Last week General Electric announced it was breaking itself up. GE is an American icon, part of America’s industrial landscape for the last 129 years, but the 21st century has not been kind to it. The breakup didn’t come as a complete surprise. Then later in the week Johnson and Johnson, another longtime American icon, also announced it would split itself up, and I thought, well, that’s interesting. When on the same day Toshiba said it was splitting itself up, I thought, hmm, I may have to write about this.
Healthcare is still in the consolidation phase, but there may be some lessons here for it.
For most of its existence, GE was an acquirer, gobbling up companies with the belief that its vaunted management structure could provide value no matter what the industry. This was most famously true in the Jack Welch days, but since those days it has been gradually shrinking itself, spinning off some of its more problematic divisions, like appliances, locomotives, and much of its once-huge financial services business. It will spin off its healthcare business in early 2023 and its renewable energy and power business in early 2024; its aviation business will keep the GE name.
“A healthcare investor wants to invest in healthcare,” CEO Larry Culp explained. “We know we are under-owned in each of those three sectors, in part because of our structure.”
Today, we are featuring Dr. Jesse Ehrenfeld from the American Medical Association (AMA) on THCB Spotlight. Matthew Holt interviews Dr. Ehrenfeld, Chair-elect of the AMA Board of Trustees and an anesthesiologist with the Vanderbilt University School of Medicine. The AMA has recently released their Digital Health Implementation Playbook, which is a guide to adopting digital health solutions. They also launched a new online platform called the Physician Innovation Network to help connect physicians with entrepreneurs and developers. Watch the interview to find out more about how the AMA is supporting health innovation, as well as why the AMA thinks the CVS-Aetna merger is not a good idea and how the AMA views the role of AI in the future of health care.
Zoya Khan is the Editor-in-Chief of THCB as well as an Associate at SMACK.health, a health-tech advisory services for early-stage startups.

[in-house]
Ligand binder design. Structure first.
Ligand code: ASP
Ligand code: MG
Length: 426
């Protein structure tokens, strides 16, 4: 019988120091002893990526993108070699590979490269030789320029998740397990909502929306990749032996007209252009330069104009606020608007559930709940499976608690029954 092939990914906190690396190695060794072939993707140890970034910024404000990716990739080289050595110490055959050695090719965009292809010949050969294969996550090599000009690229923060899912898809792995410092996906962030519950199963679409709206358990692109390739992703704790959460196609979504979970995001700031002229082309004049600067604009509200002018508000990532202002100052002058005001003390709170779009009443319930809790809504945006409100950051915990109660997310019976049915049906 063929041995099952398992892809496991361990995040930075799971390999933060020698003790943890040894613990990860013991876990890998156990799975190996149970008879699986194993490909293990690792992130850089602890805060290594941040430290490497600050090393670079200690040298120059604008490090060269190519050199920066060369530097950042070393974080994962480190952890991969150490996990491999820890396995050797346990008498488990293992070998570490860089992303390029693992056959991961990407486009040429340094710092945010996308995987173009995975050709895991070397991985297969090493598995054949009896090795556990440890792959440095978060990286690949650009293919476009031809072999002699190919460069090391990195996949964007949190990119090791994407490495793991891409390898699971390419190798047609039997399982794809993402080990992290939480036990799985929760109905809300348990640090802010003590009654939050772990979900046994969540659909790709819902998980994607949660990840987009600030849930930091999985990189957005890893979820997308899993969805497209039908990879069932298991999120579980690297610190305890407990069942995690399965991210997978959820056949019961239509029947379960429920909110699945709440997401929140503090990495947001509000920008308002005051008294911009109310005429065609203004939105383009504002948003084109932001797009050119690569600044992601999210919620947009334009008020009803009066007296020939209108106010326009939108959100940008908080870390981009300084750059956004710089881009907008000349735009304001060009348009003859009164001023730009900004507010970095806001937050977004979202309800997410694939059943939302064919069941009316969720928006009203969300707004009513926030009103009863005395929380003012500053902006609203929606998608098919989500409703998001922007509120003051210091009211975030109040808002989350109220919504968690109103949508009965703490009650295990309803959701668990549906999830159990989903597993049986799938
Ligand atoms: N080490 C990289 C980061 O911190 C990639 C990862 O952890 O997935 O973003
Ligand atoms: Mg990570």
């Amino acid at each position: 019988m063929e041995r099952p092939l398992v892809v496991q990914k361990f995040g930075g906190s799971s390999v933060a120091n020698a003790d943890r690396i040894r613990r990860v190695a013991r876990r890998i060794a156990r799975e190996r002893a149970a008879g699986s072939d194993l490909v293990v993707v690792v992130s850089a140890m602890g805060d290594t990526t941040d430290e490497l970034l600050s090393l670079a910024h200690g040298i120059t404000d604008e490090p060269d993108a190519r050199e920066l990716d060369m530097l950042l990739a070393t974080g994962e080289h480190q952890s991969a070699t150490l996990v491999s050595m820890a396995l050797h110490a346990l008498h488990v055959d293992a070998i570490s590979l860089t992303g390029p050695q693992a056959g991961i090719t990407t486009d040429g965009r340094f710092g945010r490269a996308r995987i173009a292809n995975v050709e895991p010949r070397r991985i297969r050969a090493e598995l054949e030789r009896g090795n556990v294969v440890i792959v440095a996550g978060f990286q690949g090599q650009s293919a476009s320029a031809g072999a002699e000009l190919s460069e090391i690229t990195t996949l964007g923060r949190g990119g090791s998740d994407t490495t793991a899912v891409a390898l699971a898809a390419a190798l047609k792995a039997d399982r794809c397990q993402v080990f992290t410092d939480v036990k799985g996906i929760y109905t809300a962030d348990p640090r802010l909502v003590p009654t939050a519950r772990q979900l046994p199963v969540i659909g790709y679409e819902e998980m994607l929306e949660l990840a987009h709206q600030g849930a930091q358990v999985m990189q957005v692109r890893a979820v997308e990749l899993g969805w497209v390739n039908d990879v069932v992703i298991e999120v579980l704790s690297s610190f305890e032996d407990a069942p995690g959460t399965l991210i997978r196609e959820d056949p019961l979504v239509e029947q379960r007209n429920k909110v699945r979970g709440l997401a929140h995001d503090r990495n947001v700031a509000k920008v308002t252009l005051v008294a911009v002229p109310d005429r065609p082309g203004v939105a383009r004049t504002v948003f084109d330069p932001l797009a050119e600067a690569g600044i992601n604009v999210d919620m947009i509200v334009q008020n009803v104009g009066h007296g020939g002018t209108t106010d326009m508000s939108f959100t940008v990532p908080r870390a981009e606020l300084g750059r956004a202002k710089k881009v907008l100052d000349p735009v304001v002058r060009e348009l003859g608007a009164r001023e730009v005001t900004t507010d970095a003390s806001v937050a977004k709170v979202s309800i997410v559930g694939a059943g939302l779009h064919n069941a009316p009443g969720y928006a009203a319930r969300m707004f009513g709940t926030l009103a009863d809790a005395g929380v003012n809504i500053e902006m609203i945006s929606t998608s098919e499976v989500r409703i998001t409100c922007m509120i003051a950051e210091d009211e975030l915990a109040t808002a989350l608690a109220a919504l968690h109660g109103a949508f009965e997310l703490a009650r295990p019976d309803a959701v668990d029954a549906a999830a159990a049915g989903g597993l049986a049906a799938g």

“I don’t know that what they’re doing is going to be as transformative as maybe the potential of it is – and it’s going to take time. I don’t know that they’re going to ‘all-of-a-sudden’ leap frog over all the things that health plans have been doing for decades. I think they’re going to learn that this is really complicated stuff…”
Health plan innovation got a makeover this year. What used to look like value-based care models and telehealth visits has transformed. Health plan innovation is sexier – with big-dollar M&A deals like CVS-Aetna and Cigna-ExpressScripts looking to flatten the industry. Meanwhile, brand name collaborations like Amazon-Berkshire Hathaway-JP Morgan may prove that payment model innovation is unexpectedly ‘label-conscious.’
So, how are health plans dealing with this startling new look? And what should health tech startups who want their innovation investment dollars do now??
As CVS-Aetna merger talks fill the air this Christmas season and experts weigh in on the impact this will have on the economy and consumers alike, I’m sitting at a little desk in a little office contemplating health insurance.
I run a little shop that’s about as far from CVS-Aetna as you can get in the health care space : a solo practice doctor with four full time employees and revenues a little south of $65 billion dollars. I shouldn’t feel too alone. Small businesses account for 99% of US firms and employ almost half of all private sector employees. But knowing my problem is one shared by many provides only partial solace.
Prior to arrival of the ACA, I provided health insurance to everyone through the company. At the time I had 3 full time employees and the insurance broker I worked with got me a quote for $1300 / month. Now, I really didn’t want to be in the providing healthcare business, so when the ACA arrived with its individual market I was happy to facilitate buying health insurance from the exchanges. So initially, I chose to pay for my employees plans on the individual market. I was quickly told by my accountant that paying for my employees insurance in this manner was running afoul of a three letter entity of the federal government called the IRS.
Apparently the individual ACA market premiums were allergic to being deducted in this pre-tax manner. Fine. So I went ahead and paid each employee $6000 per year extra with the understanding that they would use that money to buy health insurance on the individual market.